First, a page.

Excavation is necessary part of below-ground construction. It’s primarily used to create building foundations, but is also commonly during the laying and maintenance of below-ground pipe and cable systems. It’s one of the more risky aspects of civil engineering and can be both costly and disruptive so there have, over the years, been a number of innovations designed to improve the effectiveness of the excavation process whilst minimising its environmental impact and reducing cost across the board.
One such innovation was that of vacuum excavation, a relatively new technique designed to improve excavation speed whilst reducing associated health and safety risks. Instead of using machinery to haul out soil, a high powered suction system is instead employed to remove all unwanted materials, both solid and liquid, from the excavation site.
How Does Vacuum Excavation Work?
When carrying out vacuum excavation, a blast of air or water is first directed into the site in order to loosen soil and break up any large materials. Afterwards, an air vacuum hose is passed into the site and used to suck the loosened materials out of the hole and into a specially designed tank, ready to be transported elsewhere or saved for refilling the site later.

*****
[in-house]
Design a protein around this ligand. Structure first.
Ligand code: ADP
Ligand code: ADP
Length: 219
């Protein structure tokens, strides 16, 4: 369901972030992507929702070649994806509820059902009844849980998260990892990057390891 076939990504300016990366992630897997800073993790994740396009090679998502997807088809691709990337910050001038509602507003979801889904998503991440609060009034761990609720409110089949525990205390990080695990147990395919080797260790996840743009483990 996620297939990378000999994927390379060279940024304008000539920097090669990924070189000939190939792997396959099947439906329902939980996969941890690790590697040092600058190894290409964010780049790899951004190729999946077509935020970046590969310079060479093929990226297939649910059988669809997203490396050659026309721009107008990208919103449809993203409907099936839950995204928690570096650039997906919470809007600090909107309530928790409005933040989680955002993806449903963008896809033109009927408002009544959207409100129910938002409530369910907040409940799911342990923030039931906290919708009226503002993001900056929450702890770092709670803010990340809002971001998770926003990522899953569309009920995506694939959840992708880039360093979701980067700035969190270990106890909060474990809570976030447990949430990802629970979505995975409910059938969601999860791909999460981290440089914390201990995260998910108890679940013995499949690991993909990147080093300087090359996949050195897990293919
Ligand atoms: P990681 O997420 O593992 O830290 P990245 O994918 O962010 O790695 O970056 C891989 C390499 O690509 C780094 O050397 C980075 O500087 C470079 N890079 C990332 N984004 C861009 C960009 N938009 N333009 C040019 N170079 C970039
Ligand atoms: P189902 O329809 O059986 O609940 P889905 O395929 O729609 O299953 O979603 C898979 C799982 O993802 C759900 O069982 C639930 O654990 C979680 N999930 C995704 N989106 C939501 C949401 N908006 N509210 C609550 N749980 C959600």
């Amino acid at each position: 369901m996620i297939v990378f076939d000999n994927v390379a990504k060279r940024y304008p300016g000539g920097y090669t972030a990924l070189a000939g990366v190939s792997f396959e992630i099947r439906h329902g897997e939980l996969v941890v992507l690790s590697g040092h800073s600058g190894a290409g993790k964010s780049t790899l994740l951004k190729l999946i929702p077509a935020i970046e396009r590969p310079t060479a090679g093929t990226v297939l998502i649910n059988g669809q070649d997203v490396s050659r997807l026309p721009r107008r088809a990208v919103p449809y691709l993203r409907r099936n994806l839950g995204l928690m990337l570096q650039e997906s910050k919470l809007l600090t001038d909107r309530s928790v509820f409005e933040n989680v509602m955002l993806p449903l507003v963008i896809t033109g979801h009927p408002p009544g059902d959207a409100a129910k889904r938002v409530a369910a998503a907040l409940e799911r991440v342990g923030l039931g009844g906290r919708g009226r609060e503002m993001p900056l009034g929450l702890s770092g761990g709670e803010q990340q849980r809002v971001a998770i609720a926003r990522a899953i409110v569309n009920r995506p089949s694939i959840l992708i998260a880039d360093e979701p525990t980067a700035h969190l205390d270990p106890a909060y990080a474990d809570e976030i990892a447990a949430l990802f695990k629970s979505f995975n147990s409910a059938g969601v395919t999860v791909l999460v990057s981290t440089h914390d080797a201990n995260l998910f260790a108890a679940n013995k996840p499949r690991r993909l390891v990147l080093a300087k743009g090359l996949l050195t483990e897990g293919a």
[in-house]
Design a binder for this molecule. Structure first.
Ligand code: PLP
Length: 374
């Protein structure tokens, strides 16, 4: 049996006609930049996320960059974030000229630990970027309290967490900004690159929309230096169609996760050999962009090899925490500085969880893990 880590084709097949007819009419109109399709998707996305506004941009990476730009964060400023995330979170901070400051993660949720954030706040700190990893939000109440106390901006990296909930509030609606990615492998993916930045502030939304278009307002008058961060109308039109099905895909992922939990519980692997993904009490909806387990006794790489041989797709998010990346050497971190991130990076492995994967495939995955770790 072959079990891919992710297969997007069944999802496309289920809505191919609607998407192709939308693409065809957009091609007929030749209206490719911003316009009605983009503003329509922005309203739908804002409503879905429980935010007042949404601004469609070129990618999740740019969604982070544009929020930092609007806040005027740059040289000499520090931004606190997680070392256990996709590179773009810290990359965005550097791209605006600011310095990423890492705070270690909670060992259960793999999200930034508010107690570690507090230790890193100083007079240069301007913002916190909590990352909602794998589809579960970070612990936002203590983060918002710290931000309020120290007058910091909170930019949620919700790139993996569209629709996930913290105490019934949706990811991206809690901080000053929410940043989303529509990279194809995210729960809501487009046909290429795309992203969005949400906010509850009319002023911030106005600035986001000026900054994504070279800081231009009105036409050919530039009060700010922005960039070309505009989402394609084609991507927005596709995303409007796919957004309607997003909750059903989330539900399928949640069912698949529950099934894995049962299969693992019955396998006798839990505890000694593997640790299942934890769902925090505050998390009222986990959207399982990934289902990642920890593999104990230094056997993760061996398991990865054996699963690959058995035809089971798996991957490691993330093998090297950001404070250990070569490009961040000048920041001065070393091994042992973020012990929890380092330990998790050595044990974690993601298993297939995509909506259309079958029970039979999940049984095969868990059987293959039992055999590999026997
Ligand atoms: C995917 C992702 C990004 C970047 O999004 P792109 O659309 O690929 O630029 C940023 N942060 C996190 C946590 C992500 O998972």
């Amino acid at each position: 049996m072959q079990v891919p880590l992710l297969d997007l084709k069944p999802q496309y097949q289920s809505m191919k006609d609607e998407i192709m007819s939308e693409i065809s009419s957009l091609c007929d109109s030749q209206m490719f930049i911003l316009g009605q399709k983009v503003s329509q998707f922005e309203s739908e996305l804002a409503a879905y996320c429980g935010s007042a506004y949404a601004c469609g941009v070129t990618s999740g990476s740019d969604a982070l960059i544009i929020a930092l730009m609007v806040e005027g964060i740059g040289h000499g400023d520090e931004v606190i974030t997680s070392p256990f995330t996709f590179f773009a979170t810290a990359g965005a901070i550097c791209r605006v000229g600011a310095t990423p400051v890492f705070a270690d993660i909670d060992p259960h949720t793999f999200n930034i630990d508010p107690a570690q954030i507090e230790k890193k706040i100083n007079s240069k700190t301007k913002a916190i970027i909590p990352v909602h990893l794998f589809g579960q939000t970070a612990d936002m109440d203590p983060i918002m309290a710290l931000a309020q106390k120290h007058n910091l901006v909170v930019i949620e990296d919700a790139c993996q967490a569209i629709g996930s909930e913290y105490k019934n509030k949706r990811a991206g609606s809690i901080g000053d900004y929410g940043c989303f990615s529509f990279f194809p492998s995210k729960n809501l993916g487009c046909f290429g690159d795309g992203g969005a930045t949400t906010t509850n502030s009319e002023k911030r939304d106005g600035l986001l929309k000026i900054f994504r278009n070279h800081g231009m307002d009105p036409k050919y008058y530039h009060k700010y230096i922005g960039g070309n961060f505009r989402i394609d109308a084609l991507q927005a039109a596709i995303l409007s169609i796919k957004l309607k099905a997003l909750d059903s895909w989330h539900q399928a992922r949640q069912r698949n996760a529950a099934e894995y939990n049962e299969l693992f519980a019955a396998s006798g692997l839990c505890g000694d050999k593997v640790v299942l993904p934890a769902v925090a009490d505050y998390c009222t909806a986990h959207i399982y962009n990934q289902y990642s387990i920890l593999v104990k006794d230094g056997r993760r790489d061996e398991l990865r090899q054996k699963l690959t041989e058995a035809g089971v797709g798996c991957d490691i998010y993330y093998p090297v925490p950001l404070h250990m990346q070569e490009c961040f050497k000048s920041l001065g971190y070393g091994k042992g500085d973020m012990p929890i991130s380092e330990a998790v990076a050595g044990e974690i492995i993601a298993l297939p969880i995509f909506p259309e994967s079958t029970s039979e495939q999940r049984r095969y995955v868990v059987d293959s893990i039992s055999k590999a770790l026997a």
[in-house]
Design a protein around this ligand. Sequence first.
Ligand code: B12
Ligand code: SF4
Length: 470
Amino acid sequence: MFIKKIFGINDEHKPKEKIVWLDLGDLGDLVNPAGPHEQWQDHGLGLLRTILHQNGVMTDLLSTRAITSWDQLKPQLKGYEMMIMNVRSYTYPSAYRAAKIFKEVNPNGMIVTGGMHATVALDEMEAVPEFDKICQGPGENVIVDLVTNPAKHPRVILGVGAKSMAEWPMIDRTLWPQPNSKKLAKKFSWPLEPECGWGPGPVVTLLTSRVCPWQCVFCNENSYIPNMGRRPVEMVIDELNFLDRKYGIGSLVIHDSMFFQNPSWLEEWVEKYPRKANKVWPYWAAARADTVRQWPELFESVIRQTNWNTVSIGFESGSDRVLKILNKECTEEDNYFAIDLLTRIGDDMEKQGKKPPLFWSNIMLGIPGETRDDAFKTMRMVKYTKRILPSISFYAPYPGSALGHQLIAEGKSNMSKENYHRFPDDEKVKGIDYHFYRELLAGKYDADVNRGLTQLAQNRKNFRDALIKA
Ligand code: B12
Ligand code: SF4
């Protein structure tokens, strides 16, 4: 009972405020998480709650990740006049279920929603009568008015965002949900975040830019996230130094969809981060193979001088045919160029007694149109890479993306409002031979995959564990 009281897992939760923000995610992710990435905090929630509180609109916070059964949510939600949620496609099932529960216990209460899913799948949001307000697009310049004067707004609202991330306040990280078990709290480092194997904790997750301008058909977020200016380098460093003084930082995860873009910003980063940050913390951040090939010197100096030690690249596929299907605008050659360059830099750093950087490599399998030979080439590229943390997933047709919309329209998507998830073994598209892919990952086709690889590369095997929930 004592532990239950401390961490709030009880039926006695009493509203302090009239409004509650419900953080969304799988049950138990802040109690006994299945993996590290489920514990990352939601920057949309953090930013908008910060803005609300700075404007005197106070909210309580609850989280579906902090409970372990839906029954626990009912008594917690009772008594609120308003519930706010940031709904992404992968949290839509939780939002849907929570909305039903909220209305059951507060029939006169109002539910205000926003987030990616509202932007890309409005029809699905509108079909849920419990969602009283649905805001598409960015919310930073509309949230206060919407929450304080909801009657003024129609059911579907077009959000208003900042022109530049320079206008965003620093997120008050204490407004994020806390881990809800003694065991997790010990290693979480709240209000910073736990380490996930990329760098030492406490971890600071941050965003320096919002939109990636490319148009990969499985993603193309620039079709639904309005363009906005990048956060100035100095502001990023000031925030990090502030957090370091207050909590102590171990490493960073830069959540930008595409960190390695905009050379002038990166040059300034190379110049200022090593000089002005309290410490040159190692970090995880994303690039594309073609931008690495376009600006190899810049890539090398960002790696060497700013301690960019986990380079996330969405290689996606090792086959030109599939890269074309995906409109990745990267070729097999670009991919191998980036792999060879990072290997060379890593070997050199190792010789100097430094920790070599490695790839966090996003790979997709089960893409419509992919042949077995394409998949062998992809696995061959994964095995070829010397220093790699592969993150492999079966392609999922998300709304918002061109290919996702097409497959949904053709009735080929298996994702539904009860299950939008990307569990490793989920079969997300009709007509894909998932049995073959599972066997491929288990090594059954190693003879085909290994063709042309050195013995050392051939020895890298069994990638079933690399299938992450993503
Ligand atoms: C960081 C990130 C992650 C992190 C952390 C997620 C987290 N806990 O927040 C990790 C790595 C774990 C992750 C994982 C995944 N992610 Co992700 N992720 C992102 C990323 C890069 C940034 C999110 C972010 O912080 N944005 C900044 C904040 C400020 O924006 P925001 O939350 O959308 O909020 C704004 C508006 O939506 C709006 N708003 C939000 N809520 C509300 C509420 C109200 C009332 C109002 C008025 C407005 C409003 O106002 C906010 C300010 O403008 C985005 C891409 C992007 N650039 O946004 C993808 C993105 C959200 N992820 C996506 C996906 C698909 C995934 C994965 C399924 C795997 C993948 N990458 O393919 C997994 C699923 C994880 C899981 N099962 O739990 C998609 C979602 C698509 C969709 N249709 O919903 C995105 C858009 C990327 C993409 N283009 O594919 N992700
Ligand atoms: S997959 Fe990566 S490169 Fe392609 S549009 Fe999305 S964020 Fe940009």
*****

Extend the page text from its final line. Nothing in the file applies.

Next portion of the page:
Because vacuum excavation technology is relatively low-impact and non-destructive, it’s fast becoming the preferred excavation method for fuel and energy distribution industries, as well as other industries for whom both human safety and environmental impact are major factors. It’s also been successfully deployed in situations where congenital digging equipment has been deemed inappropriate, or areas which are inaccessible to larger machinery.
The Benefits of Vacuum Technology
Because vacuum excavation has so much less of an environmental impact than its traditional mechanical counterparts, it’s a great choice for anyone with a vested interest in protecting their green credentials. It also reduces the need for manual hand digging, thereby lessening the associated health risks for construction workers on site. Most importantly, for both industry operatives and the general public, vacuum excavation is exponentially faster than other excavation methods, which is essential for reducing disruption to homes, businesses and services, especially within urban areas. Finally, because vacuum excavation is so precise, it is much easier to carry out repairs once the excavation has been completed, which again has a positive knock-on effect on the surrounding environment, as well as any nearby business owners and residents